Brandon Trust presents 100 Voices on Transport at House of Commons event
Wednesday 6 February 2013

On the day Brandon Trust go to the House of Commons to tackle MPs and transport providers over the barriers facing people with learning disabilities when using public transport, the charity can also reveal the results of a UK-wide survey which backs up their call for improvements.

Brandon Trust today (Wednesday, 6 February) present their report 100 Voices On Transport at a reception hosted by Bristol North West MP Charlotte Leslie to a gathering of people including MPs, Lords, transport firm chiefs and local Government representatives.

Written for and by people supported by the charity as a result of their September conference, the report outlines public transport-related issues and offers possible solutions, along with case studies.

Among the problems raised in the report is a continued lack of accessibility to public transport - from difficulty boarding a vehicle to issues using timetables and route signage.

Common themes centre on cost and availability, while a clear lack of understanding of the needs of people with learning disabilities from other passengers and bus drivers was a big concern.

The report highlights fear of mistreatment as another major factor pushing people away from using public transport regularly.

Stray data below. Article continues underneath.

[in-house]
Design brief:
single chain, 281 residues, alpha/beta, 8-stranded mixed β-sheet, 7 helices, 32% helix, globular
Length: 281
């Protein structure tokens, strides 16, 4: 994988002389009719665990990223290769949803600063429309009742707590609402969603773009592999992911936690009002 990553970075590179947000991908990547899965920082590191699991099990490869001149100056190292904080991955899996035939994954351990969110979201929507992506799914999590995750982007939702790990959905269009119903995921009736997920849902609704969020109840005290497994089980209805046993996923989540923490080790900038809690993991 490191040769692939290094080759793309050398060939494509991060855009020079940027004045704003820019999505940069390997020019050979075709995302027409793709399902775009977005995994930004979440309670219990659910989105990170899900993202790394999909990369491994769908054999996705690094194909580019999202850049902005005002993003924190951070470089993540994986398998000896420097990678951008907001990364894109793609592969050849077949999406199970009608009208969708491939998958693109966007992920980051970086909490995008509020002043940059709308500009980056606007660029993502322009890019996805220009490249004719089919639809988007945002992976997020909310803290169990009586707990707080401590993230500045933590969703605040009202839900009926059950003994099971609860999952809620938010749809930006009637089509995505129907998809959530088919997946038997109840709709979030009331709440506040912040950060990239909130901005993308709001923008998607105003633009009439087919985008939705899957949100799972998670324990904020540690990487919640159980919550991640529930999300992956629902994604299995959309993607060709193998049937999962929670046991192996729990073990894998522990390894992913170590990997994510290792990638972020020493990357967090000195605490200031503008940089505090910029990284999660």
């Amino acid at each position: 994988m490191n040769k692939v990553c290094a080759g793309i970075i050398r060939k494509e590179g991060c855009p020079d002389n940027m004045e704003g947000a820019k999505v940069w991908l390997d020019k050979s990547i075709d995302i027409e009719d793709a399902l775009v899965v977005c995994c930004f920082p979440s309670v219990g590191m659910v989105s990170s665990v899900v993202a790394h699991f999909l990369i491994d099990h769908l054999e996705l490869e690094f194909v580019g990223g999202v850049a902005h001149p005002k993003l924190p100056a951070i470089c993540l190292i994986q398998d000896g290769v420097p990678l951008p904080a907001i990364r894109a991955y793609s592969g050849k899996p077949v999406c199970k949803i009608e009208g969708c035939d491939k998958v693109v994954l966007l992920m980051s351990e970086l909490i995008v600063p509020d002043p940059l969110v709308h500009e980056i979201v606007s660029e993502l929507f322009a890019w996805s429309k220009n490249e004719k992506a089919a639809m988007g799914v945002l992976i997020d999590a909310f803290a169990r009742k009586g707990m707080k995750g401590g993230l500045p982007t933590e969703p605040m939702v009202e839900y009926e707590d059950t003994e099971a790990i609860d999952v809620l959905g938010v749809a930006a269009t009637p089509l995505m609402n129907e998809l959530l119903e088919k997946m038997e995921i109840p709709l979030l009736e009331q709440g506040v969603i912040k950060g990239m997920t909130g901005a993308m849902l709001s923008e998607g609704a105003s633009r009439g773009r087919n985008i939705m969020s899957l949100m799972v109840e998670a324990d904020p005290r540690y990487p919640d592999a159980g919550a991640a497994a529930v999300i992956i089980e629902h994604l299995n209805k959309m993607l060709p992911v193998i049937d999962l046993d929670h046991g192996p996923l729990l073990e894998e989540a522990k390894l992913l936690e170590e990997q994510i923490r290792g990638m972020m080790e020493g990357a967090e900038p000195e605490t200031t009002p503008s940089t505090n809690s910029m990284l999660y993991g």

Linked to this, a survey of 2,000 people conducted on behalf of Brandon Trust, shows 74% of us think public transport providers do not do enough to make travelling accessible for people with disabilities, while one in three of those asked think the Government should be spending more time looking into public transport issues faced by people with disabilities.

And 17% questioned had witnessed bus drivers or transport staff being insensitive to the needs of others.

Disability rights campaigner and Brandon Trust ambassador Kaliya Franklin will be speaking on the issue during the event, along with Joe Jones, who has a learning disability and is supported by Brandon Trust in London.

Joe, who played a major part in the 100 Voices Conference last September, said: "People with learning disabilities crave the same freedom and independence which all people do and these issues affect people nationwide. Being able to travel is very important to such independence.

"Without transport our lives become far more localised and people can end up just staying at home and being isolated."